Thursday is shaping up to be the Trump presidency's "Gunfight at O.K. Corral."

That day, the fates of Supreme Court nominee Brett Kavanaugh and Deputy Attorney General Rod Rosenstein, and much else, may be decided.

The New York Times report that Rosenstein, sarcastically or seriously in May 2017, talked of wearing a wire into the Oval Office to entrap the president, suggests that his survival into the new year is improbable.

Whether Thursday is the day President Donald Trump drops the hammer is unknown.

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s2smodern

By the end of his second term, President Ronald Reagan, who had called the Soviet Union an "evil empire," was strolling through Red Square with Russians slapping him on the back.

Bliss was it in that dawn to be alive.

And how have we husbanded the fruits of our Cold War triumph?

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s2smodern

Upon the memory and truthfulness of Christine Blasey Ford hangs the Supreme Court nomination of Judge Brett Kavanaugh, his reputation, and possibly his career on the nation's second highest court.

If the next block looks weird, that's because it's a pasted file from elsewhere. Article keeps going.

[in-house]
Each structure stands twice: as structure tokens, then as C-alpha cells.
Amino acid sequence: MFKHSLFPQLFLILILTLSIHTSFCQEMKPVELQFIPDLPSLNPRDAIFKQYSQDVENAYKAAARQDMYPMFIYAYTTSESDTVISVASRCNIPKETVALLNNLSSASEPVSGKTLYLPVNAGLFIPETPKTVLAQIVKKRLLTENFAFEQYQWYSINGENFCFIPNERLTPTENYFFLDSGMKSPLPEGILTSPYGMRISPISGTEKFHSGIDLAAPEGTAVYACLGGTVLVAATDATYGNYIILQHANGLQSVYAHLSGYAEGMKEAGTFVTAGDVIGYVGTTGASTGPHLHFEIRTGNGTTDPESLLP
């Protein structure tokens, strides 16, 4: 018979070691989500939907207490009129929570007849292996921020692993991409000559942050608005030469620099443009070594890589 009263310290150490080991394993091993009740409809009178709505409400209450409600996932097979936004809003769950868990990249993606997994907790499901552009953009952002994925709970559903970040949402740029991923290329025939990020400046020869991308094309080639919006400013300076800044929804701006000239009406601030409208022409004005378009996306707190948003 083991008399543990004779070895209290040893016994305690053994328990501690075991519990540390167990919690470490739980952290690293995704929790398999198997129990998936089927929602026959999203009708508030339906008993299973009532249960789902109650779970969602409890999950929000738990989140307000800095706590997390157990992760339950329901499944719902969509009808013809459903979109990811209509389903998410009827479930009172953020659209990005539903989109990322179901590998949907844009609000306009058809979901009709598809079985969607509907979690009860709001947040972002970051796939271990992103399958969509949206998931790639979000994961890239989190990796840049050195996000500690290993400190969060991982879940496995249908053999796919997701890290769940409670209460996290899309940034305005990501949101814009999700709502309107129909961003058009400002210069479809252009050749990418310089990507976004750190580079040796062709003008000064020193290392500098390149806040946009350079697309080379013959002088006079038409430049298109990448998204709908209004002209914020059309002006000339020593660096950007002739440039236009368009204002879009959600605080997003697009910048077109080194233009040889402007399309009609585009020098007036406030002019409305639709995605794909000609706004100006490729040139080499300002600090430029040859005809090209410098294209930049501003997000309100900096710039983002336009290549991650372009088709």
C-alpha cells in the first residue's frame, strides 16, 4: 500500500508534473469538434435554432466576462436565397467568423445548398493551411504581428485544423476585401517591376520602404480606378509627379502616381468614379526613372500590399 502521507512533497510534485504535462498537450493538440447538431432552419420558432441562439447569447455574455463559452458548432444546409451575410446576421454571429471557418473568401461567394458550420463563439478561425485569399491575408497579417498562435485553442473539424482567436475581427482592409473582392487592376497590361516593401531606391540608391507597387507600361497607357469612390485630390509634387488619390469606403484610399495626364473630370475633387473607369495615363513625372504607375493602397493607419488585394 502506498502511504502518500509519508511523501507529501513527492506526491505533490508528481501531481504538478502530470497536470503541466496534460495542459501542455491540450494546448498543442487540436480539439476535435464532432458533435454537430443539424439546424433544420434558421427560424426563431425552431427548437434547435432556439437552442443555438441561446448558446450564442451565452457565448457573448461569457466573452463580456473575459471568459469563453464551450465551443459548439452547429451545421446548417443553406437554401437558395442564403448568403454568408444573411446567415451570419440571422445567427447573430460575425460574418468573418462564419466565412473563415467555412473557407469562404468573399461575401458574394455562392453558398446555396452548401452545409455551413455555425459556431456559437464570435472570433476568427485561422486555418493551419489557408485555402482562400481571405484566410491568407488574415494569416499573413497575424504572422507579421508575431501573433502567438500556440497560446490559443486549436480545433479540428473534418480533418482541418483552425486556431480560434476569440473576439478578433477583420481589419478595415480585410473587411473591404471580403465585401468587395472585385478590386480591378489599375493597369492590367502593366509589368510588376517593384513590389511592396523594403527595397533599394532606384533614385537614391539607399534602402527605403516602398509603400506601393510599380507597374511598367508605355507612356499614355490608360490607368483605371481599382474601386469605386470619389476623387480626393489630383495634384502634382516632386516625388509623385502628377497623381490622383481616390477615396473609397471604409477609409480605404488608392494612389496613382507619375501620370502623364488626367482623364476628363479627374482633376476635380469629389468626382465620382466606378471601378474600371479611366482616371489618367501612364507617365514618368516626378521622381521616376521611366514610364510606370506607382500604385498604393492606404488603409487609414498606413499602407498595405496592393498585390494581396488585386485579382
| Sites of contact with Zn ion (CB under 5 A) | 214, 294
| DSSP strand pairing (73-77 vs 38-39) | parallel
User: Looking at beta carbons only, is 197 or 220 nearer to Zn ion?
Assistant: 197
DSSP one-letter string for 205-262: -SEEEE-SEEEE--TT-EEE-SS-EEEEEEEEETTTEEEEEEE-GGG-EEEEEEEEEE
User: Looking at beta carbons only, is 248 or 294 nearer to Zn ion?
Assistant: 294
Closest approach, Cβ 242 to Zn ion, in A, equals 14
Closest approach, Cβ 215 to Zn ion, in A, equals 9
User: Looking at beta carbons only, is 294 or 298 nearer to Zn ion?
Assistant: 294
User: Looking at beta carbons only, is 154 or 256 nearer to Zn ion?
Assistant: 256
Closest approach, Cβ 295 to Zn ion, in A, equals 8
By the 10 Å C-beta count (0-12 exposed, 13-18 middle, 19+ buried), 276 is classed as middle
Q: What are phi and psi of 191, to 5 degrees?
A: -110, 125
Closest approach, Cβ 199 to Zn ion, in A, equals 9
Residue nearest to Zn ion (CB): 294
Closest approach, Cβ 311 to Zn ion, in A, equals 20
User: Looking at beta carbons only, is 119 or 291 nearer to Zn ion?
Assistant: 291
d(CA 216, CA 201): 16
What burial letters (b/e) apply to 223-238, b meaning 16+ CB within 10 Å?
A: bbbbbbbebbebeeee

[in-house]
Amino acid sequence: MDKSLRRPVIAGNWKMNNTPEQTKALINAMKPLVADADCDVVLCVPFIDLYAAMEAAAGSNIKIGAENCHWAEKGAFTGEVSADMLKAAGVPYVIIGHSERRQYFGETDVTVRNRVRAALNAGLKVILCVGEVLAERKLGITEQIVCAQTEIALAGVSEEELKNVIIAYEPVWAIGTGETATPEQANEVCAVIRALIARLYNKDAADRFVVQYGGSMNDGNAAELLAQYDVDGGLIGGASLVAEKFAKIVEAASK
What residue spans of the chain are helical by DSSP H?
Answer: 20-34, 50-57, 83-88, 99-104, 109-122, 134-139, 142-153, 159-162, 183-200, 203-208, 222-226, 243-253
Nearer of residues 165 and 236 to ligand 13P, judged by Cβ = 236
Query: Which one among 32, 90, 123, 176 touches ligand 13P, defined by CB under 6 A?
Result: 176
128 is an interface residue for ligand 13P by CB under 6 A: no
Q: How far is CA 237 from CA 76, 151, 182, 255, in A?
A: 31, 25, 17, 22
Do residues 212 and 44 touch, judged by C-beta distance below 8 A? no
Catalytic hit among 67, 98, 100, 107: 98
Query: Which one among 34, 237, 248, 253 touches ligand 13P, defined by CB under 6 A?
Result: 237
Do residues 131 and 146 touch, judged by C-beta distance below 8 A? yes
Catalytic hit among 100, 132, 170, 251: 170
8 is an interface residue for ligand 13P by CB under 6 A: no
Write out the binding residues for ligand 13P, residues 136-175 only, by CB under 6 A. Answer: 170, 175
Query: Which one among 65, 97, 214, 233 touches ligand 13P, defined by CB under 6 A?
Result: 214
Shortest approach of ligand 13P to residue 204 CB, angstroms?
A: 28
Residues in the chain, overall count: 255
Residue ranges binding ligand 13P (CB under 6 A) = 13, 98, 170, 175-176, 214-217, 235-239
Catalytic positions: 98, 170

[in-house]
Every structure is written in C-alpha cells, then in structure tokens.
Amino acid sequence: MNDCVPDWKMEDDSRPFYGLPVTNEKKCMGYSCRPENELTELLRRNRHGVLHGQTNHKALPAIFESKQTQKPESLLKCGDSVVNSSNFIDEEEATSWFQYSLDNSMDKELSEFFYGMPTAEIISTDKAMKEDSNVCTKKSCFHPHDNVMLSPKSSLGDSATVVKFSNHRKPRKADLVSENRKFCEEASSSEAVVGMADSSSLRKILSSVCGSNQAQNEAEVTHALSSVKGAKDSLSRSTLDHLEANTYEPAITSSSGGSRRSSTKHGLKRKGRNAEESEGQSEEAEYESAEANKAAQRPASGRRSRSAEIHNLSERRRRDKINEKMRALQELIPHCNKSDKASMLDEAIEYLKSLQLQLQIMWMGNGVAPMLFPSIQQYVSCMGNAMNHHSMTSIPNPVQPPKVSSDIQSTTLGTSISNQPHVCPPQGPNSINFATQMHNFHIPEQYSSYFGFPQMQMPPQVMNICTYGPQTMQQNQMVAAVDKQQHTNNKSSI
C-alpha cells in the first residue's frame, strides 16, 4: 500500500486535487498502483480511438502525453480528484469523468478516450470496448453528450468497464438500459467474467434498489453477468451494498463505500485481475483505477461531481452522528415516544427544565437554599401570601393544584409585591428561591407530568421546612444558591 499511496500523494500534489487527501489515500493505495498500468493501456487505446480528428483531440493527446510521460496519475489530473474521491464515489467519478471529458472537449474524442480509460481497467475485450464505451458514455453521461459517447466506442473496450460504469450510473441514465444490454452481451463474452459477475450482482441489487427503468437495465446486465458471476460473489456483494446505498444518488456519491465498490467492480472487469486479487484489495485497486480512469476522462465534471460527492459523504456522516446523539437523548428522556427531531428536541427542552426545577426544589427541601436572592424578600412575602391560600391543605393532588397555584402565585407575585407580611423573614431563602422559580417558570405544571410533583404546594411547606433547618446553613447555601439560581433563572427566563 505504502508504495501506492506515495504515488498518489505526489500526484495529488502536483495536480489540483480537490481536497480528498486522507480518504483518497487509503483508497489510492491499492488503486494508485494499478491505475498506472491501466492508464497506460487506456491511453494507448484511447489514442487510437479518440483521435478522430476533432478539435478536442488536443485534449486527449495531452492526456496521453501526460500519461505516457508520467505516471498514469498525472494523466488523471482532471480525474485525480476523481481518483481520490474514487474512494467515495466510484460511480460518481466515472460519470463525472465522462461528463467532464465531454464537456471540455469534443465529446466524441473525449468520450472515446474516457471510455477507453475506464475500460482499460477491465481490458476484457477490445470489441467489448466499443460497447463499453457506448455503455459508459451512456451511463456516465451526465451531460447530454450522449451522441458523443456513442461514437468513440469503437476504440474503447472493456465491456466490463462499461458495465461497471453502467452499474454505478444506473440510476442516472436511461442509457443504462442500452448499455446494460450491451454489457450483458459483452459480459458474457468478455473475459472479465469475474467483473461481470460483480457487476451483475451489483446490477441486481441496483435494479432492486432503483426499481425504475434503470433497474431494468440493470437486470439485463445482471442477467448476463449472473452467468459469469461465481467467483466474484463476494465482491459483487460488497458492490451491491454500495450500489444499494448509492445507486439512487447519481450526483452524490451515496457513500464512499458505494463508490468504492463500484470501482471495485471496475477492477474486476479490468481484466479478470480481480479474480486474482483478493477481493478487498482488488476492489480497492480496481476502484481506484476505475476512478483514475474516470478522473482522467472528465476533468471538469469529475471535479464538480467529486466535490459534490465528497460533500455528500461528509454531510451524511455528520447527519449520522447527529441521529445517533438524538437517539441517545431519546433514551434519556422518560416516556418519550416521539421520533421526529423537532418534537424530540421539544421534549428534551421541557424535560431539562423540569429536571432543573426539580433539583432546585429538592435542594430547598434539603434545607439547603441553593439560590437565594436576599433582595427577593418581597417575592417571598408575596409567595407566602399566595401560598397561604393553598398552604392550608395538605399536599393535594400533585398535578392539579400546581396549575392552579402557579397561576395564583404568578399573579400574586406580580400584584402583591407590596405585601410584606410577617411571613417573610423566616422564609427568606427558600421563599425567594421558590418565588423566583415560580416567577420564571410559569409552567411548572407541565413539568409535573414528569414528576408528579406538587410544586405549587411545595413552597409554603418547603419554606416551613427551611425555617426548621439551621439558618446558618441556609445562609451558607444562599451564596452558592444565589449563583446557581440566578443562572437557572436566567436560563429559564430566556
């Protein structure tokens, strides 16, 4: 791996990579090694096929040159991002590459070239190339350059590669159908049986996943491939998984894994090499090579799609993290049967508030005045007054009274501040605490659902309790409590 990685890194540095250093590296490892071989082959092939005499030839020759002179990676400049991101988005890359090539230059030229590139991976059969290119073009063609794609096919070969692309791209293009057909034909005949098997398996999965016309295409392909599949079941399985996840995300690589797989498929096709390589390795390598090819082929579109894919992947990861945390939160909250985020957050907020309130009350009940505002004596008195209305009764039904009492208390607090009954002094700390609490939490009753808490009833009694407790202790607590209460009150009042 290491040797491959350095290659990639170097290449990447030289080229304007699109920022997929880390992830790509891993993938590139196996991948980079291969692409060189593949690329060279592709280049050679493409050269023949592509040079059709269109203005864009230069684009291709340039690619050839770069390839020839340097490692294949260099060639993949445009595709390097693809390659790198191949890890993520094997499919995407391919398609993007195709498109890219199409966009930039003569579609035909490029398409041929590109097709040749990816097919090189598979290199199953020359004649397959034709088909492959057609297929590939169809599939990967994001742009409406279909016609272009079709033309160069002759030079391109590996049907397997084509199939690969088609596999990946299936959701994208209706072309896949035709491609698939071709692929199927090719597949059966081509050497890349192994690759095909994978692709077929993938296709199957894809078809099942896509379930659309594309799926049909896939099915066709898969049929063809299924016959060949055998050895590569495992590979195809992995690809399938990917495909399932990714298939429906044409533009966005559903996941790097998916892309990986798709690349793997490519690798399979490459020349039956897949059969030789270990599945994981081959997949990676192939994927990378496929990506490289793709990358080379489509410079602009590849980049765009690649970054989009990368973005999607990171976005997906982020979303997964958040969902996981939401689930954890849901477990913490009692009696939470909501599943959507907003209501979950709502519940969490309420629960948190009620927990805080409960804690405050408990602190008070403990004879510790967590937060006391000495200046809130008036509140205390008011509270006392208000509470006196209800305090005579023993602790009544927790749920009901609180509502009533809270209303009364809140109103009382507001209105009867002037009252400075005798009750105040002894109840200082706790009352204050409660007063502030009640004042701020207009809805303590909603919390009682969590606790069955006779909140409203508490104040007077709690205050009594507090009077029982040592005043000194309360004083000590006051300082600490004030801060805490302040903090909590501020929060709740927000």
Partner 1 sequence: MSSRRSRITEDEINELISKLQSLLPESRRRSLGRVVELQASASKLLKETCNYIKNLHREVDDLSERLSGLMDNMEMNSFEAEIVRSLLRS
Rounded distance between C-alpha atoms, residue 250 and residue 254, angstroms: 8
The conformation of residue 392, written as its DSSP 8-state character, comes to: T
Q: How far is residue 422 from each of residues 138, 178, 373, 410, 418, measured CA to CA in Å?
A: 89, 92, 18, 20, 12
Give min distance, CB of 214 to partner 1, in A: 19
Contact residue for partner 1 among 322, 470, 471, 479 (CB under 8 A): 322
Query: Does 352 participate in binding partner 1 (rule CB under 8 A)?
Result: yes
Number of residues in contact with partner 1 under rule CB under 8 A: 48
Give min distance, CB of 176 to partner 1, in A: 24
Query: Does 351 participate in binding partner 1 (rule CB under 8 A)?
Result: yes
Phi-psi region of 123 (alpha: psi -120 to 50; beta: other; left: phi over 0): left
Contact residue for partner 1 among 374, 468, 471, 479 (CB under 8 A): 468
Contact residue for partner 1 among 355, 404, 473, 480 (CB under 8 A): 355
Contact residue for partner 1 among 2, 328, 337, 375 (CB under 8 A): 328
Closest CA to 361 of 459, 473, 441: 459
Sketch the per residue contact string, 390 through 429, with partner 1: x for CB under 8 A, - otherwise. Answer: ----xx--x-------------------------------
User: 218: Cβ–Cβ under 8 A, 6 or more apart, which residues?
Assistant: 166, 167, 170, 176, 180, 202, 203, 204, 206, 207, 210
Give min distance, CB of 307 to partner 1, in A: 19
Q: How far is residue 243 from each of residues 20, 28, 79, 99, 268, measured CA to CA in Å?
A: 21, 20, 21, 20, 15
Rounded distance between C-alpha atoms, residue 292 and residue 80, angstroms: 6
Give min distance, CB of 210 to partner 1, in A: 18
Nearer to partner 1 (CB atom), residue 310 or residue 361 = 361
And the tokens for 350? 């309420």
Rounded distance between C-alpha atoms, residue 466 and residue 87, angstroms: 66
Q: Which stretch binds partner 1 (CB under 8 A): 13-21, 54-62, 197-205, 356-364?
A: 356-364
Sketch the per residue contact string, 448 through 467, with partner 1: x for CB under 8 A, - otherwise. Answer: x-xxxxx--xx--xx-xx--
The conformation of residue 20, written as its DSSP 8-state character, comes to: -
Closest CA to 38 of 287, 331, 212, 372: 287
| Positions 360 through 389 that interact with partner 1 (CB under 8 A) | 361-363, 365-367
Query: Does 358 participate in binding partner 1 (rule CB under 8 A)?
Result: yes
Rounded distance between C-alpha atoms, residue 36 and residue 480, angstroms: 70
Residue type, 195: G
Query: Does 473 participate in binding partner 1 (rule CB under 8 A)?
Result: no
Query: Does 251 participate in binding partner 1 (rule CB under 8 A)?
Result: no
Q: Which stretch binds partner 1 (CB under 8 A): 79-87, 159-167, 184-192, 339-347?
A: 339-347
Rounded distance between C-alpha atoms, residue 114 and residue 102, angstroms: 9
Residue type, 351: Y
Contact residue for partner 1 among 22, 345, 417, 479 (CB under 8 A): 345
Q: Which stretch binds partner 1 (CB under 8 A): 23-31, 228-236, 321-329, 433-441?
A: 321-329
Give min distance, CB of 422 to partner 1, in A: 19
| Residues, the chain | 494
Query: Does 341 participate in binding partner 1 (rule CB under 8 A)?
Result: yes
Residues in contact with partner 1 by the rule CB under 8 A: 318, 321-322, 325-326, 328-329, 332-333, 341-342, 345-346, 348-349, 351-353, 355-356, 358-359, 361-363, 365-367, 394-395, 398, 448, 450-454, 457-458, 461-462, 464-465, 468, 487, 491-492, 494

And much more. If Kavanaugh is voted down or forced to withdraw, the Republican Party and conservative movement could lose their last best hope for recapturing the high court for constitutionalism.

No new nominee could be vetted and approved in six weeks. And the November election could bring in a Democratic Senate, an insuperable obstacle to the elevation of a new strict constructionist like Kavanaugh.

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s2smodern

Our diversity is our greatest strength.

After playing clips of Democratic politicians reciting that truth of modern liberalism, Tucker Carlson asked, "How, precisely, is diversity our strength? Since you've made this our new national motto, please be specific."

Reaction to Carlson's question, with some declaring him a racist for having raised it, suggests that what we are dealing with here is not a demonstrable truth but a creed not subject to debate.

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s2smodern

Is President Donald Trump about to intervene militarily in the Syrian civil war? For that is what he and his advisers seem to be signaling.

Last week, Trump said of Syrian President Bashar Assad's campaign to recapture the last stronghold of the rebellion, Idlib province: "If it's a slaughter, the world is going to get very, very angry. And the United States is going to get very angry, too."

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Mike Scruggs